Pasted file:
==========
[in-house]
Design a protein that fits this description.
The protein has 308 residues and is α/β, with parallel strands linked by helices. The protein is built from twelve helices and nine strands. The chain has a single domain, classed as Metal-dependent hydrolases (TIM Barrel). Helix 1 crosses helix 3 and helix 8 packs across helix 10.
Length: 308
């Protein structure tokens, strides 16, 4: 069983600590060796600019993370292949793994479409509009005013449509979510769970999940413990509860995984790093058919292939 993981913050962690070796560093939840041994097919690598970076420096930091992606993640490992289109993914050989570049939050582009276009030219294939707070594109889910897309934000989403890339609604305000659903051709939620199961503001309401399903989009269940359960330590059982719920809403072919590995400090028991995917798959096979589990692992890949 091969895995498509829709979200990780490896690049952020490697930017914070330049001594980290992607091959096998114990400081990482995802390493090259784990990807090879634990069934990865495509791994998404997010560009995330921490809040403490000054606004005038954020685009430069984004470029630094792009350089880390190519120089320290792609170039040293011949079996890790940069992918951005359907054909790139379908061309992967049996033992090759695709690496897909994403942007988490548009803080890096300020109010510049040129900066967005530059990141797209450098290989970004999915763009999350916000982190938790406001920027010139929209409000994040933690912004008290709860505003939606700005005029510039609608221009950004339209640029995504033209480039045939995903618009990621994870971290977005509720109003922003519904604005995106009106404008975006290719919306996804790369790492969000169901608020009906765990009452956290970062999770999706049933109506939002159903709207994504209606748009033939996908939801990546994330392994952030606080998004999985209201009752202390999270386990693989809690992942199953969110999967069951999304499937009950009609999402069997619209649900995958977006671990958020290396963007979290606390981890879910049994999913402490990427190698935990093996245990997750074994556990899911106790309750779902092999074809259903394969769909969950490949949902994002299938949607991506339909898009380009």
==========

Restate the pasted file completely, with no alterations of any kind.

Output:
[in-house]
Design a protein that fits this description.
The protein has 308 residues and is α/β, with parallel strands linked by helices. The protein is built from twelve helices and nine strands. The chain has a single domain, classed as Metal-dependent hydrolases (TIM Barrel). Helix 1 crosses helix 3 and helix 8 packs across helix 10.
Length: 308
């Protein structure tokens, strides 16, 4: 069983600590060796600019993370292949793994479409509009005013449509979510769970999940413990509860995984790093058919292939 993981913050962690070796560093939840041994097919690598970076420096930091992606993640490992289109993914050989570049939050582009276009030219294939707070594109889910897309934000989403890339609604305000659903051709939620199961503001309401399903989009269940359960330590059982719920809403072919590995400090028991995917798959096979589990692992890949 091969895995498509829709979200990780490896690049952020490697930017914070330049001594980290992607091959096998114990400081990482995802390493090259784990990807090879634990069934990865495509791994998404997010560009995330921490809040403490000054606004005038954020685009430069984004470029630094792009350089880390190519120089320290792609170039040293011949079996890790940069992918951005359907054909790139379908061309992967049996033992090759695709690496897909994403942007988490548009803080890096300020109010510049040129900066967005530059990141797209450098290989970004999915763009999350916000982190938790406001920027010139929209409000994040933690912004008290709860505003939606700005005029510039609608221009950004339209640029995504033209480039045939995903618009990621994870971290977005509720109003922003519904604005995106009106404008975006290719919306996804790369790492969000169901608020009906765990009452956290970062999770999706049933109506939002159903709207994504209606748009033939996908939801990546994330392994952030606080998004999985209201009752202390999270386990693989809690992942199953969110999967069951999304499937009950009609999402069997619209649900995958977006671990958020290396963007979290606390981890879910049994999913402490990427190698935990093996245990997750074994556990899911106790309750779902092999074809259903394969769909969950490949949902994002299938949607991506339909898009380009």